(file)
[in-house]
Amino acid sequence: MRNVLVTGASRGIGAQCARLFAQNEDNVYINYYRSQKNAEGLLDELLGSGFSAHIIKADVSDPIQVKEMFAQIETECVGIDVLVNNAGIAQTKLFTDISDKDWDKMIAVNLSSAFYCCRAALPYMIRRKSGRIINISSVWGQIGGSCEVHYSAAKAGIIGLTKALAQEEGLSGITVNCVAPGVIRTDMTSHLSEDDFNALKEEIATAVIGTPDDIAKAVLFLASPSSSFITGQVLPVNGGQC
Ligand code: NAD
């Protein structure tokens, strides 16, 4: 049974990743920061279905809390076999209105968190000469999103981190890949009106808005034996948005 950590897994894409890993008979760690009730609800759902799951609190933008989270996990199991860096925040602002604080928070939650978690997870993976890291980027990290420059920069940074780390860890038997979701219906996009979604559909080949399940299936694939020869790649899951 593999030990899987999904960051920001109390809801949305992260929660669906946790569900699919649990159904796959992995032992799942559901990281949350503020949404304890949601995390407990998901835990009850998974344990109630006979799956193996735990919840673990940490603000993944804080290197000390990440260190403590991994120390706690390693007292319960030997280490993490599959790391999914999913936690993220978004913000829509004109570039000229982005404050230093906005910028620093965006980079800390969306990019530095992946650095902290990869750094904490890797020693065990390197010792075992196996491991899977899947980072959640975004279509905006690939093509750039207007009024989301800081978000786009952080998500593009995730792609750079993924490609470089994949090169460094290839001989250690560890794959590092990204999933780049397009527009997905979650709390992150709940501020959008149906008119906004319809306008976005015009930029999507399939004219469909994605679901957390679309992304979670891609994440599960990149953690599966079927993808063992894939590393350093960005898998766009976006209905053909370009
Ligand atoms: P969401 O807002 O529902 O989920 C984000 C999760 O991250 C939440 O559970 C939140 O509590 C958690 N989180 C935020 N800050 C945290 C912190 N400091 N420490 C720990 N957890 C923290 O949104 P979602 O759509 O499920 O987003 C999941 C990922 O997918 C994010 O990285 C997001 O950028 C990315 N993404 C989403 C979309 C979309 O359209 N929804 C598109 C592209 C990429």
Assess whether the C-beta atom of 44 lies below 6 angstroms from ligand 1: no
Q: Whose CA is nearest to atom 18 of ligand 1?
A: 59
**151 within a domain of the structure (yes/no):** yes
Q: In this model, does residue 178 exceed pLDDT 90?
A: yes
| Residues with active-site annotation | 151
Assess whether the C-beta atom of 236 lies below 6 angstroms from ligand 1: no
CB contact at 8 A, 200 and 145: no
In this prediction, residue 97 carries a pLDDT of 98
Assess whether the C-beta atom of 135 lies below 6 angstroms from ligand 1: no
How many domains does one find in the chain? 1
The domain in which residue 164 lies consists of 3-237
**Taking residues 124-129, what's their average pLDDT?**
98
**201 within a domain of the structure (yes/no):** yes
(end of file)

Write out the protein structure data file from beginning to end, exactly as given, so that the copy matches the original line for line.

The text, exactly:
[in-house]
Amino acid sequence: MRNVLVTGASRGIGAQCARLFAQNEDNVYINYYRSQKNAEGLLDELLGSGFSAHIIKADVSDPIQVKEMFAQIETECVGIDVLVNNAGIAQTKLFTDISDKDWDKMIAVNLSSAFYCCRAALPYMIRRKSGRIINISSVWGQIGGSCEVHYSAAKAGIIGLTKALAQEEGLSGITVNCVAPGVIRTDMTSHLSEDDFNALKEEIATAVIGTPDDIAKAVLFLASPSSSFITGQVLPVNGGQC
Ligand code: NAD
């Protein structure tokens, strides 16, 4: 049974990743920061279905809390076999209105968190000469999103981190890949009106808005034996948005 950590897994894409890993008979760690009730609800759902799951609190933008989270996990199991860096925040602002604080928070939650978690997870993976890291980027990290420059920069940074780390860890038997979701219906996009979604559909080949399940299936694939020869790649899951 593999030990899987999904960051920001109390809801949305992260929660669906946790569900699919649990159904796959992995032992799942559901990281949350503020949404304890949601995390407990998901835990009850998974344990109630006979799956193996735990919840673990940490603000993944804080290197000390990440260190403590991994120390706690390693007292319960030997280490993490599959790391999914999913936690993220978004913000829509004109570039000229982005404050230093906005910028620093965006980079800390969306990019530095992946650095902290990869750094904490890797020693065990390197010792075992196996491991899977899947980072959640975004279509905006690939093509750039207007009024989301800081978000786009952080998500593009995730792609750079993924490609470089994949090169460094290839001989250690560890794959590092990204999933780049397009527009997905979650709390992150709940501020959008149906008119906004319809306008976005015009930029999507399939004219469909994605679901957390679309992304979670891609994440599960990149953690599966079927993808063992894939590393350093960005898998766009976006209905053909370009
Ligand atoms: P969401 O807002 O529902 O989920 C984000 C999760 O991250 C939440 O559970 C939140 O509590 C958690 N989180 C935020 N800050 C945290 C912190 N400091 N420490 C720990 N957890 C923290 O949104 P979602 O759509 O499920 O987003 C999941 C990922 O997918 C994010 O990285 C997001 O950028 C990315 N993404 C989403 C979309 C979309 O359209 N929804 C598109 C592209 C990429």
Assess whether the C-beta atom of 44 lies below 6 angstroms from ligand 1: no
Q: Whose CA is nearest to atom 18 of ligand 1?
A: 59
**151 within a domain of the structure (yes/no):** yes
Q: In this model, does residue 178 exceed pLDDT 90?
A: yes
| Residues with active-site annotation | 151
Assess whether the C-beta atom of 236 lies below 6 angstroms from ligand 1: no
CB contact at 8 A, 200 and 145: no
In this prediction, residue 97 carries a pLDDT of 98
Assess whether the C-beta atom of 135 lies below 6 angstroms from ligand 1: no
How many domains does one find in the chain? 1
The domain in which residue 164 lies consists of 3-237
**Taking residues 124-129, what's their average pLDDT?**
98
**201 within a domain of the structure (yes/no):** yes